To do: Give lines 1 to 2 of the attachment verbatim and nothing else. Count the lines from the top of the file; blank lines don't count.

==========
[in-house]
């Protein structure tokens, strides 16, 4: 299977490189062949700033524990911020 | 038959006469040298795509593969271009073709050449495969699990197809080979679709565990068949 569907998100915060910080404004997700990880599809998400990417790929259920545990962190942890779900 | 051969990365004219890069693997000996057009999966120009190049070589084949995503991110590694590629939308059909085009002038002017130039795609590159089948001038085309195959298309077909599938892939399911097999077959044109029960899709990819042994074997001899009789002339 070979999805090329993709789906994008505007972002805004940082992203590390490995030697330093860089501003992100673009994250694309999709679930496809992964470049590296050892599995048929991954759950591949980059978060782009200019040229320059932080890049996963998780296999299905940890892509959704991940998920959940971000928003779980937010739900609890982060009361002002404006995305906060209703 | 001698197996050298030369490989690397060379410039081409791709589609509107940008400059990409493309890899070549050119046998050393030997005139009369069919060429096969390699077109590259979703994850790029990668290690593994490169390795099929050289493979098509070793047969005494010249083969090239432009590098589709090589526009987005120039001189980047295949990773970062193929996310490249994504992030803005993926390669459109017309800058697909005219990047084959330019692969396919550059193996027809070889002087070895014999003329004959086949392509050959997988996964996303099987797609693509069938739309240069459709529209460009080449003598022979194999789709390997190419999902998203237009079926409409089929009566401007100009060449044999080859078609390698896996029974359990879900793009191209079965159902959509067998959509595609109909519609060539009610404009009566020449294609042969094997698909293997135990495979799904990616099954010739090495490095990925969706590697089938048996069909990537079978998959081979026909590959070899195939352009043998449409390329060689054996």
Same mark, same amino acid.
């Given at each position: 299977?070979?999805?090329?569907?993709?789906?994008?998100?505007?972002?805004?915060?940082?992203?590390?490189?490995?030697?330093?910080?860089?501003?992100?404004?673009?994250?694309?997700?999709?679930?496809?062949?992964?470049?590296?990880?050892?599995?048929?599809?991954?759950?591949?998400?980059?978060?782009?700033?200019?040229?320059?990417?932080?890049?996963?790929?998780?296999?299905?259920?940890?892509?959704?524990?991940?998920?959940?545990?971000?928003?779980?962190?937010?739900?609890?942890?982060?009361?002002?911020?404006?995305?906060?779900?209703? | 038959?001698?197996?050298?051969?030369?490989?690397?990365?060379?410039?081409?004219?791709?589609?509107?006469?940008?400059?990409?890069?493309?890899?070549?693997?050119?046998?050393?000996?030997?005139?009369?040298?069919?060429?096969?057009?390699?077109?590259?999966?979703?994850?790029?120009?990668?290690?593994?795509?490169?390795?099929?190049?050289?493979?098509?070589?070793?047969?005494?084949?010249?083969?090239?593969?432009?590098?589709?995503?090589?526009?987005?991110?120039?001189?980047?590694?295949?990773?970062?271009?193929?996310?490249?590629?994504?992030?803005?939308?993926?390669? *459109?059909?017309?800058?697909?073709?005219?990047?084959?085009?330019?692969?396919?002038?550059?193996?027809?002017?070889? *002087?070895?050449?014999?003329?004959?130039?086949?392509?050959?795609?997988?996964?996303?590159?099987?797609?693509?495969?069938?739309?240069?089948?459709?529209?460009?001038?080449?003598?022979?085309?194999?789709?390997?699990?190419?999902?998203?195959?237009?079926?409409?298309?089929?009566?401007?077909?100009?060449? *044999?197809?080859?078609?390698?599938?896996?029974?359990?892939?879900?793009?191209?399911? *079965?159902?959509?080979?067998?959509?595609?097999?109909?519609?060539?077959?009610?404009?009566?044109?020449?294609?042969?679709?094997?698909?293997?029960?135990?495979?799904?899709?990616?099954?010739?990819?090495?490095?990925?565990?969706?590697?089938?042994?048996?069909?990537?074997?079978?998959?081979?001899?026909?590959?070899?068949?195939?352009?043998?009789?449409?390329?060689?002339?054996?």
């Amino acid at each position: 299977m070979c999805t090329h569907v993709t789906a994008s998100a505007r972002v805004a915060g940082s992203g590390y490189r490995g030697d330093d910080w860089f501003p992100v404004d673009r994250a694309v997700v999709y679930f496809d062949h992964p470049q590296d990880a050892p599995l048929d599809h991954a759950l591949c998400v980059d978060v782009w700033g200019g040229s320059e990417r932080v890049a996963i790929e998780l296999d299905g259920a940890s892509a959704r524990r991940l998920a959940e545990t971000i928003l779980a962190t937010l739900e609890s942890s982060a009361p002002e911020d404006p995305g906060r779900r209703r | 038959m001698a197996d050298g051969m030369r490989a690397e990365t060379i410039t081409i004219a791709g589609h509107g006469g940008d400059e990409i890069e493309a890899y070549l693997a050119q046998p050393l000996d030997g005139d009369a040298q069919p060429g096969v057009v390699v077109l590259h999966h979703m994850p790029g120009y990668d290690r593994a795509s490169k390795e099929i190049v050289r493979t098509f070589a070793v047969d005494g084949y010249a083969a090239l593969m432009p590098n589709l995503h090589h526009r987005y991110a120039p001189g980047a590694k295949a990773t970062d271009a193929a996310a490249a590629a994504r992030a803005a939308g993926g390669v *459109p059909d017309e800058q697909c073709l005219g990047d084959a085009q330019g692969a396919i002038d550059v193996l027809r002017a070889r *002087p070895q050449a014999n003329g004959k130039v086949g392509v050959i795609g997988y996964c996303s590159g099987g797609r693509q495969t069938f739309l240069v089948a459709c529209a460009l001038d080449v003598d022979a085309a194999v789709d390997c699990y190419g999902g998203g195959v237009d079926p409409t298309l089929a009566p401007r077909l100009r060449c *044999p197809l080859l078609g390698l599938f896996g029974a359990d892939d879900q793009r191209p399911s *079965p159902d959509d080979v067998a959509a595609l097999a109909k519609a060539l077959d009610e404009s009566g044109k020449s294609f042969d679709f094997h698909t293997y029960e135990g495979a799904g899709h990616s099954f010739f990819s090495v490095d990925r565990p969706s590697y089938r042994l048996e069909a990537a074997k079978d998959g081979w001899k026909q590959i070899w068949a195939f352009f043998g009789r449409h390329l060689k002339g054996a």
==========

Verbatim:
[in-house]
């Protein structure tokens, strides 16, 4: 299977490189062949700033524990911020 | 038959006469040298795509593969271009073709050449495969699990197809080979679709565990068949 569907998100915060910080404004997700990880599809998400990417790929259920545990962190942890779900 | 051969990365004219890069693997000996057009999966120009190049070589084949995503991110590694590629939308059909085009002038002017130039795609590159089948001038085309195959298309077909599938892939399911097999077959044109029960899709990819042994074997001899009789002339 070979999805090329993709789906994008505007972002805004940082992203590390490995030697330093860089501003992100673009994250694309999709679930496809992964470049590296050892599995048929991954759950591949980059978060782009200019040229320059932080890049996963998780296999299905940890892509959704991940998920959940971000928003779980937010739900609890982060009361002002404006995305906060209703 | 001698197996050298030369490989690397060379410039081409791709589609509107940008400059990409493309890899070549050119046998050393030997005139009369069919060429096969390699077109590259979703994850790029990668290690593994490169390795099929050289493979098509070793047969005494010249083969090239432009590098589709090589526009987005120039001189980047295949990773970062193929996310490249994504992030803005993926390669459109017309800058697909005219990047084959330019692969396919550059193996027809070889002087070895014999003329004959086949392509050959997988996964996303099987797609693509069938739309240069459709529209460009080449003598022979194999789709390997190419999902998203237009079926409409089929009566401007100009060449044999080859078609390698896996029974359990879900793009191209079965159902959509067998959509595609109909519609060539009610404009009566020449294609042969094997698909293997135990495979799904990616099954010739090495490095990925969706590697089938048996069909990537079978998959081979026909590959070899195939352009043998449409390329060689054996």